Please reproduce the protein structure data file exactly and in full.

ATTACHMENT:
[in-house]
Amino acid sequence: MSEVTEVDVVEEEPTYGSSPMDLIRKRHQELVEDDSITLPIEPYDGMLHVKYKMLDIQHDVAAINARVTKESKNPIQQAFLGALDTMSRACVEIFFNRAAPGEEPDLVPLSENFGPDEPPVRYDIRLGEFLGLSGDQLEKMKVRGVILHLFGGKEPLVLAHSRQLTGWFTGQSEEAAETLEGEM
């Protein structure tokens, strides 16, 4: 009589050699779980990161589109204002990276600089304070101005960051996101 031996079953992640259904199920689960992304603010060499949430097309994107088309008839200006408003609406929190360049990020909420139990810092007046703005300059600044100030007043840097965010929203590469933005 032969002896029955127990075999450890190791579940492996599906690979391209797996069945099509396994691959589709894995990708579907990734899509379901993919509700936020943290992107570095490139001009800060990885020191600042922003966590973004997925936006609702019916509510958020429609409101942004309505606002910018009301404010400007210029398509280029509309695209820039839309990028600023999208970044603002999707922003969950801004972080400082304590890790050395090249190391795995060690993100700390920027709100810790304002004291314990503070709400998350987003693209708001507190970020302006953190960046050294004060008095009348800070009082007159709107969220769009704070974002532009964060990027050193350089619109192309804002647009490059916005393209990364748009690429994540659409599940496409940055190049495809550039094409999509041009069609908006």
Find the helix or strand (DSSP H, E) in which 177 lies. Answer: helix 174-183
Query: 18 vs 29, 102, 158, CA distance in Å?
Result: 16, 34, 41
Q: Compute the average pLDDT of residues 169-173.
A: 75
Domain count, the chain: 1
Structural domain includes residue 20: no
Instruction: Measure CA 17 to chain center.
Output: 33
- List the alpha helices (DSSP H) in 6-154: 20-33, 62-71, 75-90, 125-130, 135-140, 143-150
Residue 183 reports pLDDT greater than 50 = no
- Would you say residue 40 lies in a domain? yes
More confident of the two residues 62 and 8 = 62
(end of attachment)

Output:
[in-house]
Amino acid sequence: MSEVTEVDVVEEEPTYGSSPMDLIRKRHQELVEDDSITLPIEPYDGMLHVKYKMLDIQHDVAAINARVTKESKNPIQQAFLGALDTMSRACVEIFFNRAAPGEEPDLVPLSENFGPDEPPVRYDIRLGEFLGLSGDQLEKMKVRGVILHLFGGKEPLVLAHSRQLTGWFTGQSEEAAETLEGEM
């Protein structure tokens, strides 16, 4: 009589050699779980990161589109204002990276600089304070101005960051996101 031996079953992640259904199920689960992304603010060499949430097309994107088309008839200006408003609406929190360049990020909420139990810092007046703005300059600044100030007043840097965010929203590469933005 032969002896029955127990075999450890190791579940492996599906690979391209797996069945099509396994691959589709894995990708579907990734899509379901993919509700936020943290992107570095490139001009800060990885020191600042922003966590973004997925936006609702019916509510958020429609409101942004309505606002910018009301404010400007210029398509280029509309695209820039839309990028600023999208970044603002999707922003969950801004972080400082304590890790050395090249190391795995060690993100700390920027709100810790304002004291314990503070709400998350987003693209708001507190970020302006953190960046050294004060008095009348800070009082007159709107969220769009704070974002532009964060990027050193350089619109192309804002647009490059916005393209990364748009690429994540659409599940496409940055190049495809550039094409999509041009069609908006």
Find the helix or strand (DSSP H, E) in which 177 lies. Answer: helix 174-183
Query: 18 vs 29, 102, 158, CA distance in Å?
Result: 16, 34, 41
Q: Compute the average pLDDT of residues 169-173.
A: 75
Domain count, the chain: 1
Structural domain includes residue 20: no
Instruction: Measure CA 17 to chain center.
Output: 33
- List the alpha helices (DSSP H) in 6-154: 20-33, 62-71, 75-90, 125-130, 135-140, 143-150
Residue 183 reports pLDDT greater than 50 = no
- Would you say residue 40 lies in a domain? yes
More confident of the two residues 62 and 8 = 62